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“Katy Taylor is an outstanding practitioner in all sense of the word. Her dedication to teaching and learning in the classroom, the planning of the lessons she teaches and her assessment of the students she comes into contact with, never falters.” Mr Simon O’Connor- Head teacher, Jumeirah College

It is often said that a great teacher is one who can transfer their love and enthusiasm for learning to their students. Katy Taylor is one such teacher.  Katy’s passion for teaching was not always there and her unconventional route into teaching could be one of the secrets to her success.

“I can’t say that I’ve always wanted to be a teacher the way some teachers do. I didn’t consider teaching until the age of 25 when a friend, who was training a local inner city school in Bristol, told me an anecdote about some unconventional strategies he was using to get his class to settle down and learn maths. Something about the story resonated with me. He was being challenged on a daily basis. He was making a difference, and he was thriving on it,” she shared.

His story resonated with her in such a positive way. It led to her decision to become a teacher. Katy already had a degree in English. She applied for a PGCE at Bristol University and in her third year of teaching, she was appointed second in department for English at that school.

It is not surprising that today Katy is the Head of English at an outstanding school, Jumeirah College in Dubai.

Below, she shares with Teach Middle East Magazine a few key strategies that work for her inside the classroom.

Who inspires you most? Why?

It’s difficult to choose one person. I’ve been really fortunate throughout my life to be surrounded by excellent mentors. I am grateful for the strong and successful women in my life – my family, my friends, my colleagues, and all the students I’ve worked with who have all played a part in inspiring me along the way.

Share two strategies that you employ to effectively engage and challenge your students.

This depends upon the context. When I worked in England, it was really about being creative and grabbing students’ interest from the first second. When I worked in Spain, it was about focusing on bilingual expression through a focus on literacy. Here in Dubai, I have to focus specifically on giving students work models to enable them to hit the highest grade criteria because we are aiming for the very highest grades possible. My affirmation for this year was to do the work along with the students. So now, whenever I set an extended piece of writing or exam paper, I sit it with them and share my work for them to mark. I’ve found this to be really effective in getting students to believe the highest achievement is possible. It also gives a stronger sense of us working towards a shared objective.

What is the one key thing that you would recommend to help teachers who wish to create an inspiring learning environment?

Know your subject and be passionate about it.  My favourite interview question is to ask, “What one item would you take from your classroom to teach a lesson in the desert?” This speaks volumes about a candidate.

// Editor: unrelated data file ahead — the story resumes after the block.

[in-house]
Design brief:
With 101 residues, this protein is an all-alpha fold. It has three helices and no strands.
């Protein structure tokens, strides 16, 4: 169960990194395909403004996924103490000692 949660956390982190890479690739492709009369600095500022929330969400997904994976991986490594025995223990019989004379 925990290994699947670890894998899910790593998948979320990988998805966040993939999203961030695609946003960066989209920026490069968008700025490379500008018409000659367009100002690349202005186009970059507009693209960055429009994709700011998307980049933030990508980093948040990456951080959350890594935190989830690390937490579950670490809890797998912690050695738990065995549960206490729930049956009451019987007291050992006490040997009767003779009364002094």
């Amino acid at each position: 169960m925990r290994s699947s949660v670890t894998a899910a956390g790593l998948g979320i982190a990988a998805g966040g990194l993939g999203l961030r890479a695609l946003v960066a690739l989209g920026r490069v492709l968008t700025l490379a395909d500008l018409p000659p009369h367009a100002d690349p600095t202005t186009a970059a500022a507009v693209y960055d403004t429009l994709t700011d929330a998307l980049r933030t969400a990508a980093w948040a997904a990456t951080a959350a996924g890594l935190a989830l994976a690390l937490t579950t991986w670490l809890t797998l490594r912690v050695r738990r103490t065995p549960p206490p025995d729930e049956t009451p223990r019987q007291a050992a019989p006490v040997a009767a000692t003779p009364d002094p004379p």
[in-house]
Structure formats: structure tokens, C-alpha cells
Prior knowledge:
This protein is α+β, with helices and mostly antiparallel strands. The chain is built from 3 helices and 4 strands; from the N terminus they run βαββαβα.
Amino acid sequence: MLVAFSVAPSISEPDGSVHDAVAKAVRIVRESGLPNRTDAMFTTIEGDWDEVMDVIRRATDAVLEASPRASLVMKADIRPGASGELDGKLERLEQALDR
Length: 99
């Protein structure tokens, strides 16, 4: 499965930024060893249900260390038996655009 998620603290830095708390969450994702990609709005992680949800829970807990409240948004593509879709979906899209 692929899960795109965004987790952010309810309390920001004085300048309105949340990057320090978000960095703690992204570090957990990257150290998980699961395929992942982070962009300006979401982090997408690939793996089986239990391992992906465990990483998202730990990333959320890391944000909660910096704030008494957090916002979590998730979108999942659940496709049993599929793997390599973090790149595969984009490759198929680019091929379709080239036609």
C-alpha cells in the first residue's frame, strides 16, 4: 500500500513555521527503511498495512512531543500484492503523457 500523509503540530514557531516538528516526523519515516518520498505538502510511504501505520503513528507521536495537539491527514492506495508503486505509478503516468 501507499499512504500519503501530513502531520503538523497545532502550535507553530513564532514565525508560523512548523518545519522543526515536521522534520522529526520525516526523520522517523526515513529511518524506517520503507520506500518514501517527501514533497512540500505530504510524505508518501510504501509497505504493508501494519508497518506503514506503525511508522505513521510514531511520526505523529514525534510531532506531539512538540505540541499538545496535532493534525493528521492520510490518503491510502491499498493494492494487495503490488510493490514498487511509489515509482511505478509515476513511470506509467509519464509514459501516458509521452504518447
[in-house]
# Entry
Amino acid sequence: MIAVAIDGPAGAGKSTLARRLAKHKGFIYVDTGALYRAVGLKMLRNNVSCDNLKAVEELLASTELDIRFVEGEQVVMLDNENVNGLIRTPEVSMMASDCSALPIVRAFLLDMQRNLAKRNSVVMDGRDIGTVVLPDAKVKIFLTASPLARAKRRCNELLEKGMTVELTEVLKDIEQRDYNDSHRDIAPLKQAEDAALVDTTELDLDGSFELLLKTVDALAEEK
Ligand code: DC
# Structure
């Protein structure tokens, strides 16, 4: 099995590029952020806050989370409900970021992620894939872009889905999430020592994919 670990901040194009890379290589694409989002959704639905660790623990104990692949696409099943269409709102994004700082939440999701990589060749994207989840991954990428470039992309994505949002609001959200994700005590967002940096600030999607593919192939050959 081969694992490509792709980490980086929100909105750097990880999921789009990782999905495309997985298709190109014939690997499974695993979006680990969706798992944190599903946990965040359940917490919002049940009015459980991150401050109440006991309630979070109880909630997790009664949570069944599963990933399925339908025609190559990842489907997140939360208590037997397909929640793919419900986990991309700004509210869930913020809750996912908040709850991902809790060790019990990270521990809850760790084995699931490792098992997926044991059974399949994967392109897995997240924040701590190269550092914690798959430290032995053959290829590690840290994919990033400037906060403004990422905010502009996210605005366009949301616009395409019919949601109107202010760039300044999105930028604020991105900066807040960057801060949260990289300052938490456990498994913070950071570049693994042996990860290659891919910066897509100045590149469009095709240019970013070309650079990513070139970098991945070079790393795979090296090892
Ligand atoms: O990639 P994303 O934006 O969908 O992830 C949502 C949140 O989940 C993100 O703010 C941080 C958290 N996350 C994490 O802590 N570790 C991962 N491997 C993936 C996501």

How do you help your colleagues to share good practice with each other?

Two years ago, we painted a tree on the display board in our English office, which the whole school has now come to know as ‘The Learning Tree’. We started an informal process of departmental observations where positive feedback (only) was written on a leaf, which was pinned onto the tree for everyone to see. The concepts behind the tree were that we could be inspired by each other, and praise the good practice within the department. Since then, we have developed different coloured leaves for varying the focus of our observations. This has led to collaborative observations across the school, including our Open Doors Days, where we invite staff to drop into English lessons.

How did you come up with the “Every Child Will …” initiative? How will this help to raise students’ attainment and progress?

When I became Head of English at the beginning of this academic year, I wanted to make sure that the departments were united in our approach to teaching and learning. In our first meeting of the year, we looked at the way in which Team Great Britain had been so successful in the Olympics and from this starting point; we worked collaboratively to come up with a vision for the English department. We all had an input and we came up with: “Every Child Will’. We agreed that we would work, whatever the barriers to learning, to support every student to fulfill his/her very highest potential and then we each wrote a personal affirmation that we would focus upon to ensure that we maintained this vision in our own practice.

What is the one thing about you that would surprise your colleagues?

I don’t think anything would surprise them! I’m a pretty open book and my colleagues see the true me every day.

What is the best professional advice that you have received?

Do what your moral code tells you is the right thing to do; no matter what other people say, if you believe it’s important, then do it and keep going.